Winners, Losers, and Survivors: A Crime Blog [The City of Violence]

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If, after watching The Chaser, you felt like killing yourself, this film should lift your spirits. Instead of looking at Asian crime action films of a darker subject matter, I’ll look at one that is just plain fun, bright, and fast paced, which tends to obscure its very heavy subject matter. Seung-wan Ryoo’s The City of Violence (2006) is a light-hearted gangster film, about former friends fighting to the death over the fate of their hometown. Continue reading

Cover Story: The Moon Song

The sky was an ugly shade of grey. There was a woman screaming in the distance somewhere, like someone had died or like she was dying or something inconvenient like that. The buildings had been burning for hours, and the soft blue lights from the wispy clouds continued to move gently over people panicking in the streets, calming their writhing motions and quickly dissipating the atoms of their flesh. The black-clothed, stoic figures continued to move down the streets of the falling city in lines, their metal guns in hand. Continue reading

PICKUP REAL: SWORD OF DOOM

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The Sword of Doom is a brutal 1966 samurai film made by Kihachi Okamoto. It’s sanguine, dark, and brilliantly shot by Hiroshi Murai. It’s not a terribly high brow movie and definitely not a sterling example of jidaigeki (period pieces focusing around samurai) but it contains brilliant moments of “real grunt-and-groan sword-swinging” (as the 1967 New York time review says.) This same article referred to the Tarrantino-esque climax at the end of the film as being the most “chop-choppingest climax, ever.” And this scene is without a doubt really good: paper screens sliced through into tatters, sprays of bitumen-black blood dappling tatami mats, kimonos ripping, keen blades whistling through the air. The voyage however, leading up to this particular scene is slightly ill-plotted (mostly because it was planned to be many movies based on a episodic novel), but overall immensely entertaining. Continue reading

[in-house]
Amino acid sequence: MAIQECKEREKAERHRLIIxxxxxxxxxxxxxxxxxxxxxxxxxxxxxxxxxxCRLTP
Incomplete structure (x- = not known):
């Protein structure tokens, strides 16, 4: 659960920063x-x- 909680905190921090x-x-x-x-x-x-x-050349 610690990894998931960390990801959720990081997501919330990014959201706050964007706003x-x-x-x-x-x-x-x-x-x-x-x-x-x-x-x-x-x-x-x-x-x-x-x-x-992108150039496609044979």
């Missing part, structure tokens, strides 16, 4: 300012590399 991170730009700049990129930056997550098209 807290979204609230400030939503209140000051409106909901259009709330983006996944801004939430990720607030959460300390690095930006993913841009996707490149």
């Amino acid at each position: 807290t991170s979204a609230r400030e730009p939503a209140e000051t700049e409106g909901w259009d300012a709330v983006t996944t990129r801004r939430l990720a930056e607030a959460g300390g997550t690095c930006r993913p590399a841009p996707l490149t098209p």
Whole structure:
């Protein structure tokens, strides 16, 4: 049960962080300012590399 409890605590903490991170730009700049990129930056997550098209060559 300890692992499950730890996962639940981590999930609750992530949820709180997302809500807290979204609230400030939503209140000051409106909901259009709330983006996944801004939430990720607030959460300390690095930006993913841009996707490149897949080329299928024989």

Here’s the Dish: Andytown

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Top of the morning fellow advent foodies! Welcome to the new installment of Here’s the Dish. Have you ever spent an absurd amount of time deciding where to get a nice cup of joe? If so, have no fear because you’ve come to the right place! Since San Francisco has a plethora of cafes within a one-mile radius of wherever you are, I’ve decided to try a few coffee shops in a specific district. In this mini-series, I will be focusing on the ever-so-gloomy Sunset district. What better way to fight the foggy weather than to indulge in a hot steaming drink? Continue reading

The View From Here: Inspiration Point

DSCN2845This week’s question: Where is your favorite place in the city? Why?

 “The overlook on Arguello, just over the Presidio. The view is the best, because when you’re there, everything is covered by trees except the bay. When you stand there, it’s like the city doesn’t exist. All you have to do is stand there and watch the water and the bridge and the ships passing through.”

– Wilson, San Francisco resident Continue reading

Thrifty Business: The Richmond

Originally, I planned on thrifting over the weekend at a store in my neighborhood, but a multitude of work and tests prevented that from happening. Instead, I stopped by the Goodwill on Clement after school with my friend, to make up for my lack of thrifting over the weekend. My previous visits to this Goodwill, were okay, but it wasn’t one of my favorites. This time around, however, I was surprised by how well organized the store has become.  All the dresses and tops were organized by color and the bottoms were organized by size. I got there with my friend just 45 minutes before they were closing and we were both able to find things we loved. Continue reading